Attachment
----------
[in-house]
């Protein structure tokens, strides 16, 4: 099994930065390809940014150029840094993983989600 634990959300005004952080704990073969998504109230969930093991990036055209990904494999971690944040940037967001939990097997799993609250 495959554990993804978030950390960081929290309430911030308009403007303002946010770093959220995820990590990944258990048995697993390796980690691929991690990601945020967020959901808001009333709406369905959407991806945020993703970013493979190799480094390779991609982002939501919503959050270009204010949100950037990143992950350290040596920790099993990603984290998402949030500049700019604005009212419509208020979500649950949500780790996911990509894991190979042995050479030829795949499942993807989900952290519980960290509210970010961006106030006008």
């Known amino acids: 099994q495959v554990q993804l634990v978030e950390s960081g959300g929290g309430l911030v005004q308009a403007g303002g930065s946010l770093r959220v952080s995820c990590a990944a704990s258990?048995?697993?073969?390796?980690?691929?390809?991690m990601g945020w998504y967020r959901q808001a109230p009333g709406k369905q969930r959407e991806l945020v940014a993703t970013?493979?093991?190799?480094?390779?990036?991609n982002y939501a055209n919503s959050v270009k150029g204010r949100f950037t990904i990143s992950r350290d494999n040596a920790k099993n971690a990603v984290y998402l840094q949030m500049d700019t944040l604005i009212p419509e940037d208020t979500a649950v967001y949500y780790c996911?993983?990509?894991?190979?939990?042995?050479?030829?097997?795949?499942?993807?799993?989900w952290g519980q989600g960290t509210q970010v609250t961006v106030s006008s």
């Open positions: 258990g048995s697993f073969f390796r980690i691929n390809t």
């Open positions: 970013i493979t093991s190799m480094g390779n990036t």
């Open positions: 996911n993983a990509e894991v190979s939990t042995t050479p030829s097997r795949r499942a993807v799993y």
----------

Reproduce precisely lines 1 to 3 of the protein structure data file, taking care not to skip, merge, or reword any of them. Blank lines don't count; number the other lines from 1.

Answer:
[in-house]
């Protein structure tokens, strides 16, 4: 099994930065390809940014150029840094993983989600 634990959300005004952080704990073969998504109230969930093991990036055209990904494999971690944040940037967001939990097997799993609250 495959554990993804978030950390960081929290309430911030308009403007303002946010770093959220995820990590990944258990048995697993390796980690691929991690990601945020967020959901808001009333709406369905959407991806945020993703970013493979190799480094390779991609982002939501919503959050270009204010949100950037990143992950350290040596920790099993990603984290998402949030500049700019604005009212419509208020979500649950949500780790996911990509894991190979042995050479030829795949499942993807989900952290519980960290509210970010961006106030006008």
């Known amino acids: 099994q495959v554990q993804l634990v978030e950390s960081g959300g929290g309430l911030v005004q308009a403007g303002g930065s946010l770093r959220v952080s995820c990590a990944a704990s258990?048995?697993?073969?390796?980690?691929?390809?991690m990601g945020w998504y967020r959901q808001a109230p009333g709406k369905q969930r959407e991806l945020v940014a993703t970013?493979?093991?190799?480094?390779?990036?991609n982002y939501a055209n919503s959050v270009k150029g204010r949100f950037t990904i990143s992950r350290d494999n040596a920790k099993n971690a990603v984290y998402l840094q949030m500049d700019t944040l604005i009212p419509e940037d208020t979500a649950v967001y949500y780790c996911?993983?990509?894991?190979?939990?042995?050479?030829?097997?795949?499942?993807?799993?989900w952290g519980q989600g960290t509210q970010v609250t961006v106030s006008s």